Android phones do a lot of things well, but file management generally is not one of them–at least, not immediately out of the box. Astro File Manager (available in a free, fully functional, advertising-supported version or a $4 Pro version without ads) fills that gap. Astro is a file explorer, archive manager, backup utility, and task manager all rolled into one. It also has optional add-on modules to extend its functionality: Astro SMB Module allows network browsing, copying, and pasting of files on a Windows or Samba server, and Astro Bluetooth Module adds OBEX FTP support for browsing devices and sending/receiving files using wireless Bluetooth networking. Astro is so useful, I recommend it as one of the first apps you should install on your Android phone.
Astro excels as a file manager. You can browse files both on the device and on the SD Card, with an option to toggle between icon and list views. By default Astro hides file extensions–a habit I find annoying. Changing this display option is easy, but the path is somewhat unintuitive (Menu, View, Change View, Set Directory Options, uncheck Hide File Extensions, and then click Apply). You can edit file names, copy/paste, select multiple items, create .zip archives (particularly useful when you need to e-mail several files at once), extract .zip and .tar file archives, and search.
The search function allows for some advanced parameters, including specific folders, subfolders, file size, older/newer than, and exclusion. You get no separate option to restrict your search to specific file types, but you can, for instance, find all the photos on the SD Card just by typing “.jpg” into the search box. Similarly, you can sort files by name, date, size, and type in ascending or descending order.
You can save folder locations as bookmarks; just press and hold a folder for this option. Bookmarks are a real time-saver when you need to find your way back through a complex folder hierarchy in order to locate an important file.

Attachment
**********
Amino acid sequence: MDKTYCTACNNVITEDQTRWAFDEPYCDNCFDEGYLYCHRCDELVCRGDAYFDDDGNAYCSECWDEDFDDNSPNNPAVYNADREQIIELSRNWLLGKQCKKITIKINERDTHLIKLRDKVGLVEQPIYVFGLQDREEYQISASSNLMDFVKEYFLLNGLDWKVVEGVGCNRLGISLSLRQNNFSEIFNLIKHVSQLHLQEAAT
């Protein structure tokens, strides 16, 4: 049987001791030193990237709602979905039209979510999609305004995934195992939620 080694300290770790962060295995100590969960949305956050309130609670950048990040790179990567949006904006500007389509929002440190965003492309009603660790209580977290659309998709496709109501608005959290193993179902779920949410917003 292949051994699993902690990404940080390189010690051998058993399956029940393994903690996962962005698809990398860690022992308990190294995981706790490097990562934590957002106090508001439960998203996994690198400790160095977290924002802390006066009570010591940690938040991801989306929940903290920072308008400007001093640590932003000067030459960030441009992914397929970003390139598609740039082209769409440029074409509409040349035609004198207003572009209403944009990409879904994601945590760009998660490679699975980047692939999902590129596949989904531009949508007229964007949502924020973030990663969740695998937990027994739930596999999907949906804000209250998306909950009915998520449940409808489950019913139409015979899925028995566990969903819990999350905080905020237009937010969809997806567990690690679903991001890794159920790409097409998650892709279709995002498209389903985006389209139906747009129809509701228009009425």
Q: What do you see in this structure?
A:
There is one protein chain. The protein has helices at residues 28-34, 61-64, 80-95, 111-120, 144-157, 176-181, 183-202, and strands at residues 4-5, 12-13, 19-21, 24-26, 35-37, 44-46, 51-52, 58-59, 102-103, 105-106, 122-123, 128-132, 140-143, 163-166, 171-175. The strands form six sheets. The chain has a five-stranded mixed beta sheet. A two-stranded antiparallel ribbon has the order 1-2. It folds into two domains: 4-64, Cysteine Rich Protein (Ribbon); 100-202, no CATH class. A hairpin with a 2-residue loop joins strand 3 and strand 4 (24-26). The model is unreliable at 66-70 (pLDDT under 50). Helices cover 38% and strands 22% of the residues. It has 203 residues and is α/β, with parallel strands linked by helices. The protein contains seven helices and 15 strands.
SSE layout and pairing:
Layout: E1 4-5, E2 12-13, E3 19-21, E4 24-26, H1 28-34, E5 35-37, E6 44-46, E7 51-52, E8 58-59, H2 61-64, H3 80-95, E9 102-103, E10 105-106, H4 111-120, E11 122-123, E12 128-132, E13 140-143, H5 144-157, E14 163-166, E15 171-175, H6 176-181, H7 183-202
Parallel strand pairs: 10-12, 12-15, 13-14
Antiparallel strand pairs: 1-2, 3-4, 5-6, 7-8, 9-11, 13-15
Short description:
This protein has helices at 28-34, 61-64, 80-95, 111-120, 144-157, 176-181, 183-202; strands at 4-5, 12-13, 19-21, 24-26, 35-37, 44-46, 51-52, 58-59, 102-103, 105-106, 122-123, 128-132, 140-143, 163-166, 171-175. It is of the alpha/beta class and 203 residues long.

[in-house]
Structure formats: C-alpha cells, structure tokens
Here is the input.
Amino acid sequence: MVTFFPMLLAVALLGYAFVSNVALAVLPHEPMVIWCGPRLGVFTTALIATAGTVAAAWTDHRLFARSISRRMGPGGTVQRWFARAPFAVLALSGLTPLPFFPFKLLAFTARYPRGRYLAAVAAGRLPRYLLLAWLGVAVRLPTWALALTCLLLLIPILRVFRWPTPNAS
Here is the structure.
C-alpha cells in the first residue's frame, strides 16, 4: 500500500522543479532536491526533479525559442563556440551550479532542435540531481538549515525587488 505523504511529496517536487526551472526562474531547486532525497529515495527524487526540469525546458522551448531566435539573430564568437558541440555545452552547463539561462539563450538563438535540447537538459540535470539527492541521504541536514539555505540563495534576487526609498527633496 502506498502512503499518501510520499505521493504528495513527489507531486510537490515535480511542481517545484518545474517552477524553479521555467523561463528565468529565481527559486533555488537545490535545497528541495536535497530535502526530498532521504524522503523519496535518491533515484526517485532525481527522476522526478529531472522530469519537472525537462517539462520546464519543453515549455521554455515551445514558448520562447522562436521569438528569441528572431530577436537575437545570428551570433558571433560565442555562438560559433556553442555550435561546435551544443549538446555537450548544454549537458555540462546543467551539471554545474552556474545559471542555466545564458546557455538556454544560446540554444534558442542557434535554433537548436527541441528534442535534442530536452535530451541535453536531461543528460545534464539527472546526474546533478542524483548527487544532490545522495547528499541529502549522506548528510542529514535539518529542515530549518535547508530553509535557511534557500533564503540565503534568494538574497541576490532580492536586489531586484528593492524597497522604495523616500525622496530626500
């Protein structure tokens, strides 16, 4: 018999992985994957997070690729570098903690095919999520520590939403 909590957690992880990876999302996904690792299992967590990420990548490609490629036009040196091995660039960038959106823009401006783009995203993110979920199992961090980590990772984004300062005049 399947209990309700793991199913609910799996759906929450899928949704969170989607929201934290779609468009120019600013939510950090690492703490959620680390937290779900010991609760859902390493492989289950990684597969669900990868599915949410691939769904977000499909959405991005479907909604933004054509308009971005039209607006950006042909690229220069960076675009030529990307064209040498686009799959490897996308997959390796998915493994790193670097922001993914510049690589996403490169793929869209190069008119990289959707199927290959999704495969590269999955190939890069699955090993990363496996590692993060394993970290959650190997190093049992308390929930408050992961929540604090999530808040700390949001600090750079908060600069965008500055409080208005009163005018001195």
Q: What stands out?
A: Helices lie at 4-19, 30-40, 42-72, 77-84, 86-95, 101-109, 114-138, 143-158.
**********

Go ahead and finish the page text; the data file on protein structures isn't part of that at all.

Astro includes a task manger, which it calls Process Manager. In this tool you can see which apps are running and how much memory they are using. You can also kill apps here, which is particularly convenient if an app is misbehaving or slowing your phone down.
Astro also has limited but useful backup capabilities. You can back up all or some of your apps (Market-installed apps only; in my tests Astro was unable to recognize non-Market apps such as Mozilla’s Fennec) to the SD Card folder of your choice. You might want to back up your apps for a couple of reasons. First, if you get a new Android phone, you can just switch out the SD Card from your old phone and restore the apps on your new phone without having to download them one by one. Second, if you have an app that you rely on, you can make a backup copy before you update the app; that way, if the update introduces a bug or breaks a feature, you can roll back to the previous version.
Unfortunately, Astro does not back up your phone’s settings, home screen layout, gadgets, contacts, or the like. This is disappointing, but perhaps the fragmentation of Android and the presence of phone manufacturers’ customized overlays (such as HTC’s Sense or Motorola MotoBlur) may make this kind of functionality difficult to implement reliably.
Despite its limitations and its somewhat complicated interface, Astro is one of the most powerful file-management apps available on the Android Market.